Mondale zeroes in on themes he hopes will cut Reagan lead
Long Beach, Calif.
Walter Mondale now begins the most crucial part of his fall campaign - building his case against the Reagan White House. Mr. Mondale, a poor second in the polls, has touched on four basic arguments this week that he hopes will finally begin to erode Mr. Reagan's support. The President is ahead in all but two or three of the 50 states.
Aides say the themes outlined this week will form the foundation of Mondale's entire fall campaign against Mr. Reagan. Some of the themes are familiar, such as the danger of budget deficits. One of them, an attack on what Mondale charges is an attempt by the White House to mix politics and religion, is risky. But a number of experts say Mondale must toss aside caution if he wants to have any chance of victory.
With the economy humming and the nation at peace, Mondale's task is clearly uphill. But the former vice-president says there are dangers and issues that will turn voters his way. These include:
The nuclear arms race. Mondale's first words as he opened his campaign in Merrill, Wis., on Labor Day were a challenge to Reagan on arms control. Reagan is ''the first President of either party since the bomb went off never to have negotiated any arms control,'' he charged.
Budget deficits. Mondale called the federal deficits a short-term threat to jobs and a long-term threat to the next generation. ''These deficits have killed 3 million of our best jobs,'' he says. ''Right now there is an obscene trillion-dollar debt building up on our children's shoulders.''
Fairness. Over and over again, Mondale calls on voters to help him make the United States a better place for all citizens, including the needy and the average working man and woman. His speeches are full of populist applause lines (''I refuse to make your families pay more so that millionaires can pay less''). He paints Reagan as a person of ''uncaring, icy indifference'' toward maintaining such programs as social security, medicare, student loans, and food programs.
Religion in government. Mondale aides think they have spotted a chink in Reagan's armor in the President's courtship of New Right fundamentalists such as the Rev. Jerry Falwell. Says Mondale: ''Those who seek to intrude government and the politicians into religion lack confidence in the wisdom and the decency and good sense of the American people. ... They doubt the steadiness of our faith.''
Throughout his attacks on Reagan, Mondale weaves his own vision of the future. Democrats are sensitive to the charge that they are naysayers - filled with gloom about America and critical of everything, and presenting the country with little that is new. Mondale praises Americans as ''a strong people.'' His picture of the future sees Americans using their strength for arms control, not arms buildups; for the Peace Corps, not for selling guns abroad; for making the country competitive again, not for running up federal debts that undermine industries, families, and farms.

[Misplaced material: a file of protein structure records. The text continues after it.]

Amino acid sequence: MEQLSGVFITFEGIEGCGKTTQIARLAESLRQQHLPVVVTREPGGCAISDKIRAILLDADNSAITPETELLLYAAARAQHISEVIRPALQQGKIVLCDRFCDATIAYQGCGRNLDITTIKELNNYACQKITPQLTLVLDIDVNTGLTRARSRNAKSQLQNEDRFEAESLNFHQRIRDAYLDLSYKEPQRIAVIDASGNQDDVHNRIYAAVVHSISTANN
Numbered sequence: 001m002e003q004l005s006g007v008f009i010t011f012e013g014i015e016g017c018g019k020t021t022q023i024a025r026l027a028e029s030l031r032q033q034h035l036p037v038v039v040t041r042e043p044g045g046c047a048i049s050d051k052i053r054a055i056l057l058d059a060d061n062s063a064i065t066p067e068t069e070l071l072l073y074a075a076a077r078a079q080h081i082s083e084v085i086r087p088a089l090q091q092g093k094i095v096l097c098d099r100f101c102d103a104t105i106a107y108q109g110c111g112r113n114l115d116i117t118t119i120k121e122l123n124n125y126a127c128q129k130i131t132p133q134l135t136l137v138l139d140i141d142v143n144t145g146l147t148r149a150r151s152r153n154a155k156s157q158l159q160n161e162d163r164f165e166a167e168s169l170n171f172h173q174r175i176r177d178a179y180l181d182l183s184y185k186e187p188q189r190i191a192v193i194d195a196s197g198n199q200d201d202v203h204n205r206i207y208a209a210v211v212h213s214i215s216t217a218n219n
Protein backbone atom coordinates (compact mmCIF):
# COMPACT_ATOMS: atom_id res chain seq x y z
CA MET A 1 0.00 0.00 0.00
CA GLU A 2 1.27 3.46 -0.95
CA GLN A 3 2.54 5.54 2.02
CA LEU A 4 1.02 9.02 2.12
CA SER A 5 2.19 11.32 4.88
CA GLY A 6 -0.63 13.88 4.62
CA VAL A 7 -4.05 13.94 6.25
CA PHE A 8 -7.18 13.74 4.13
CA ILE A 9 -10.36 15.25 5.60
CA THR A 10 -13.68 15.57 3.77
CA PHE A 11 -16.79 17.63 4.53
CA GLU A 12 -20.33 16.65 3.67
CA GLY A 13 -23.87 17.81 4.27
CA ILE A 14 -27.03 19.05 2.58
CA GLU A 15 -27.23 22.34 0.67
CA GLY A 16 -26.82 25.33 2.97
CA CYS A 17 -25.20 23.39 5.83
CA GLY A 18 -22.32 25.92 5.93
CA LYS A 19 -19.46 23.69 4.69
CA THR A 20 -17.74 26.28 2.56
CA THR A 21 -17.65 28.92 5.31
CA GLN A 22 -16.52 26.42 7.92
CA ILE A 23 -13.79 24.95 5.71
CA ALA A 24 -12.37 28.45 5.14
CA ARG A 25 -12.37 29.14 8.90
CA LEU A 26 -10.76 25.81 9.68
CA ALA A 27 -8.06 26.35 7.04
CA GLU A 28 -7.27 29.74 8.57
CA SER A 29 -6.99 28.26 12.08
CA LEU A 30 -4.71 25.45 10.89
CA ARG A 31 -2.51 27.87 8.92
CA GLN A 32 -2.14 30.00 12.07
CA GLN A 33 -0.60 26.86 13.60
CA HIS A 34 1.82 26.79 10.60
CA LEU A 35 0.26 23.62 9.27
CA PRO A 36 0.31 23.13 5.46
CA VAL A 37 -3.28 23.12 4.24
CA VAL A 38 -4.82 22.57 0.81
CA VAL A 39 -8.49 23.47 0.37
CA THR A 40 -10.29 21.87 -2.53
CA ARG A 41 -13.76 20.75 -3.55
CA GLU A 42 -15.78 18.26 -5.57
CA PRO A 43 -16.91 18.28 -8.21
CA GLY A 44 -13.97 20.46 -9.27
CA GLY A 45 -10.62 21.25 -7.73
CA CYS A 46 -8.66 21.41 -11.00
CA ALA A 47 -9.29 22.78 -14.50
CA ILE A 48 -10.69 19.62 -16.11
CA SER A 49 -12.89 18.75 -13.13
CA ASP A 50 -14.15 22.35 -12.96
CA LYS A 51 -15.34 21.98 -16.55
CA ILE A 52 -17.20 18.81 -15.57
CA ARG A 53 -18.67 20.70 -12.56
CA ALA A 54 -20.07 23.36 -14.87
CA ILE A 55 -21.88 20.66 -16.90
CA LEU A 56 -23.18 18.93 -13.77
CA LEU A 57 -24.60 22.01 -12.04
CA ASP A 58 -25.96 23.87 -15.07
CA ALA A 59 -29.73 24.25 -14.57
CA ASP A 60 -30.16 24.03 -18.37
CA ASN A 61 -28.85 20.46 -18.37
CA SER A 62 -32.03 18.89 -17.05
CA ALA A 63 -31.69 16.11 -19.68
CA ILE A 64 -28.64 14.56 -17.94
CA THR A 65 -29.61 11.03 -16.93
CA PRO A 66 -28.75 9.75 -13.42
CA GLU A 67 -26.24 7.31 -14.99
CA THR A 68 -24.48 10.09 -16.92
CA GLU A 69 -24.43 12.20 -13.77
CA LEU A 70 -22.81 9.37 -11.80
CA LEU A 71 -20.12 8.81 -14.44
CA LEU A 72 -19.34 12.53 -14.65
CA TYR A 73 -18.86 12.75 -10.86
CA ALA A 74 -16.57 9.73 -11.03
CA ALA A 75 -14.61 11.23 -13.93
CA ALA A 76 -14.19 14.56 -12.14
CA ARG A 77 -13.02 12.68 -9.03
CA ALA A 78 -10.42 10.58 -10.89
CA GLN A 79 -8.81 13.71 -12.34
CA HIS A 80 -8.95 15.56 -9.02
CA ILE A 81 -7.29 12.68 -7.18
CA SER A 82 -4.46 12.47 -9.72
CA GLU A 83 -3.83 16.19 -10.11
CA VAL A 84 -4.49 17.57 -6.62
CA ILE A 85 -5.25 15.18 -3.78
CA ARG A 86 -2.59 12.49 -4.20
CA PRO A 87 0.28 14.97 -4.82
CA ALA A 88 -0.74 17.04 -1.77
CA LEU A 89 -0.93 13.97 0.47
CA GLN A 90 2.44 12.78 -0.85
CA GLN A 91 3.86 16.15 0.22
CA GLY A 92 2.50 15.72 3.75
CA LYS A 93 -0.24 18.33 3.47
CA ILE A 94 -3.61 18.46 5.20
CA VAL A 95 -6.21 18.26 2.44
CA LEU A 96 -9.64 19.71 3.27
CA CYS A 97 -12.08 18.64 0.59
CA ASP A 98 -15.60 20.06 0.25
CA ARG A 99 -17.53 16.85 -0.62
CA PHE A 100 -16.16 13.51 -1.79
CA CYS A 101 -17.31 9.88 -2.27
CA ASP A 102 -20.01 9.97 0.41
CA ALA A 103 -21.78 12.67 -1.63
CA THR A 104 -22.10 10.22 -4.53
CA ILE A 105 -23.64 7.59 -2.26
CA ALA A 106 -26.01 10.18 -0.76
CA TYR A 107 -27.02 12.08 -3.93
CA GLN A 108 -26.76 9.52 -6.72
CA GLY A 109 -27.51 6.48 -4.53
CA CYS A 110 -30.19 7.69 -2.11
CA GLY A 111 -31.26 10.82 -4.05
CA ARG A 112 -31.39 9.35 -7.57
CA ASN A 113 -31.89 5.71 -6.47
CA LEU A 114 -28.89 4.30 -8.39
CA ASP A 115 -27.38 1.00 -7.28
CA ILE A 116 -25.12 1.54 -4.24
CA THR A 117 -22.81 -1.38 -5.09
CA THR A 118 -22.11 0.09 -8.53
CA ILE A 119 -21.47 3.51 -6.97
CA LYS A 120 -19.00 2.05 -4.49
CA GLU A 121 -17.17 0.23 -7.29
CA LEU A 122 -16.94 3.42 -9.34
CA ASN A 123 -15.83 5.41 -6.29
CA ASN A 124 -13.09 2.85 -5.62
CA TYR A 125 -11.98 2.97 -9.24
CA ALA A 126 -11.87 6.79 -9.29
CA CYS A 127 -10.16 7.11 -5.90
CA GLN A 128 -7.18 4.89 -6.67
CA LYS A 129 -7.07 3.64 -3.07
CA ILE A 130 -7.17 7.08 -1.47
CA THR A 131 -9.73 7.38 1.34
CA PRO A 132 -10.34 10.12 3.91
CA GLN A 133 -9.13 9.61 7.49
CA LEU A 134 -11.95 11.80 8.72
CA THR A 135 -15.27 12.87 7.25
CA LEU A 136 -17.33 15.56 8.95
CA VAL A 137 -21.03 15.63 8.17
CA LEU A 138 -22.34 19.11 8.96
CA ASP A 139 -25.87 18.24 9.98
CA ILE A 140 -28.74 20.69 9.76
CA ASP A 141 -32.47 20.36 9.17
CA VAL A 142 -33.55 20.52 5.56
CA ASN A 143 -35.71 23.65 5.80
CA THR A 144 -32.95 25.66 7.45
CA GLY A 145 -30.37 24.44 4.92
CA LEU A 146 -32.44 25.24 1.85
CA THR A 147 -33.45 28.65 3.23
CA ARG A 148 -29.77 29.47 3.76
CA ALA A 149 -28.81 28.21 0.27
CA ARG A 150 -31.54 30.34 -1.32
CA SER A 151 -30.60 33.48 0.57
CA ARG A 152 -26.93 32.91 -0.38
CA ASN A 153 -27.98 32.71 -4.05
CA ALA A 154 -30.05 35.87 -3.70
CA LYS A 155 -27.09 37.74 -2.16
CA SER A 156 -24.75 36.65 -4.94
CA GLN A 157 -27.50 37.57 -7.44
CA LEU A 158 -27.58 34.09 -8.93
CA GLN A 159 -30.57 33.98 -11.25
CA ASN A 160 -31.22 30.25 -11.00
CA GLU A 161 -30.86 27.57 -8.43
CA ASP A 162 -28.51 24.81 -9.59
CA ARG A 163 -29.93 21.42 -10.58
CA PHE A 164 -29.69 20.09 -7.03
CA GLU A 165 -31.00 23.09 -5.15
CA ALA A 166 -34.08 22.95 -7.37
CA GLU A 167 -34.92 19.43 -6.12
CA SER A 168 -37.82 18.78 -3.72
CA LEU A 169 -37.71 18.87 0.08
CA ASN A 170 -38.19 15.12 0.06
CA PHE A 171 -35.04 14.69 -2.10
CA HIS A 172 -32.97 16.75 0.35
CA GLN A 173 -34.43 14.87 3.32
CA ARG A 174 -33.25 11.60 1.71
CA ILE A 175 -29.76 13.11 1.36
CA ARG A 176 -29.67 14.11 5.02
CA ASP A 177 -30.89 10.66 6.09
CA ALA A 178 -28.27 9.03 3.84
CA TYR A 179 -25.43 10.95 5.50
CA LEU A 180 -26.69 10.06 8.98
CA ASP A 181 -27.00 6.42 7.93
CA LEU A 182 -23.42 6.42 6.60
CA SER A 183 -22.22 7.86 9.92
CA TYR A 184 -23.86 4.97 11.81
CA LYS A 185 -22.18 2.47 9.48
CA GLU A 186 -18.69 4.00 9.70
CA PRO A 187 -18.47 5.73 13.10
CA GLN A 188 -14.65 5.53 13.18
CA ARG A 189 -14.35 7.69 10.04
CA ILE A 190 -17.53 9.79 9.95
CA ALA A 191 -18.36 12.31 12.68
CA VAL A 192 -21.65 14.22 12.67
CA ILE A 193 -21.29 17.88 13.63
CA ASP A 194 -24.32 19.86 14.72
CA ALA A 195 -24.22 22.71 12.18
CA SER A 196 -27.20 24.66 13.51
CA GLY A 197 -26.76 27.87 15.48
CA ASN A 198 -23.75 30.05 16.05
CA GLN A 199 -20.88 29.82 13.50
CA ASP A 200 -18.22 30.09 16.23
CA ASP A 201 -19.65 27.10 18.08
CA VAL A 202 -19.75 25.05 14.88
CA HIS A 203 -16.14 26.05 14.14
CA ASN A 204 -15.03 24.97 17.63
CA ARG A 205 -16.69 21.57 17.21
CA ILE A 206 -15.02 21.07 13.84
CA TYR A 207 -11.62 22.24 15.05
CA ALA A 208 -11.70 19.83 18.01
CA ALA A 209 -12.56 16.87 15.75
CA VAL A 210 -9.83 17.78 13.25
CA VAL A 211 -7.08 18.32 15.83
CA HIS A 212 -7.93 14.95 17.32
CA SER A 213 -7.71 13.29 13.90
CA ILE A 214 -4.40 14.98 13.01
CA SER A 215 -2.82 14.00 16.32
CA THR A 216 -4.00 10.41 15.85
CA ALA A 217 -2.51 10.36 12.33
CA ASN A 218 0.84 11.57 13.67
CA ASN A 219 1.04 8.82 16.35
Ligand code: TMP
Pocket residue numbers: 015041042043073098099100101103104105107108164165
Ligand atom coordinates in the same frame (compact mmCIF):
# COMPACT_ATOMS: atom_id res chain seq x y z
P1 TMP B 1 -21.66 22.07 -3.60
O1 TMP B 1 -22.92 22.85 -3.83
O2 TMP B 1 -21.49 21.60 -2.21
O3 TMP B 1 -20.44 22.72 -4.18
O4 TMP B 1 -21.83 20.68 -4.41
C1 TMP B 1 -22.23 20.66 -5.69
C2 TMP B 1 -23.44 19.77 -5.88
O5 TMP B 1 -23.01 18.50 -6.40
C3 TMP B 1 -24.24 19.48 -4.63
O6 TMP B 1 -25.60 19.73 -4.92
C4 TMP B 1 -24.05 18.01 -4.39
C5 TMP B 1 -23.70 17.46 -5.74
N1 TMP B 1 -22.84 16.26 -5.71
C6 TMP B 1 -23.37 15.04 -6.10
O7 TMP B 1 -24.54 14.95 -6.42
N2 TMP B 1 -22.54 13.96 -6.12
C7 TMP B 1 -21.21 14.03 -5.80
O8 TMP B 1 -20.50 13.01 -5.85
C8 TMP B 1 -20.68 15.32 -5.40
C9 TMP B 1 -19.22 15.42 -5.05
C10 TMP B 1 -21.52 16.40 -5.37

Much of this has strong appeal, especially to traditional, liberal Democratic voters in the Northeast and Midwest.
Mondale's challenge at this point is to broaden his support, especially among four major groups: white Southerners, Westerners, Roman Catholic ethnic groups, and young, white professionals.
President Reagan has already gone a long way toward reaching out to all these groups. His support for a strong defense appeals to Southerners and ethnic groups, especially those ethnic groups with roots in Soviet-dominated Eastern Europe. The improved US economy, reduced inflation, and lower taxes all sit well with upper-middle-income Yuppies. And Reagan's attempts to remove restraints on free enterprise appeal to the independent spirit of the West.
Mondale's themes do little to reach out to these voters. He talks more about military waste than military strength. He talks of higher taxes more than reduced federal spending. He doesn't mention inflation. He vows to boost levies on business.
Mondale has, in recent speeches, steered clear of the so-called ''sleaze'' issue, which was once expected to be at the top of his agenda. The omission was probably out of concern that any mention of conflict-of-interest charges against Reagan appointees could revive the issue of the finances of Mondale's own running-mate, Geraldine A. Ferraro.
Mondale and his speech writers have clearly been doing their work. He and Ms. Ferraro peppered their speeches with Harry Truman-style lines that had their audiences shouting their approval.
''Working people are being pounded,'' Mondale told one audience. ''The big boys have been picking your pockets to line their pockets.
''To the 90,000 corporations who paid no taxes at all, my message is: Your free ride is over,'' he warned.
''To the defense contractors who charge $50 for a 50-cent light bulb, my message is this: The ripoffs are over.''
Ms. Ferraro also has some crowd-rousing lines. ''I want our government to give full support to our schools, not to lobby for tax breaks for segregated academies,'' she told crowds in Wisconsin and California. ''I want a government that takes polluters to court, and not to lunch.''
Comparing the two presidential candidates, she said: ''While Ronald Reagan was making movies, Fritz Mondale was making history as a champion of civil rights and social justice.''
This week's prelude that briefly touches all the Mondale themes will be followed by fuller development as the campaign proceeds.
The Mondale team feels it has some issues going its way - a view supported by a Gallup poll released this week. It showed that on some subjects, especially the danger of war, the environment, the needy, helping minorities, and women's rights, Mondale is substantially stronger than Reagan.
What Mondale now must do is prove he can capitalize on these strengths - and add new ones.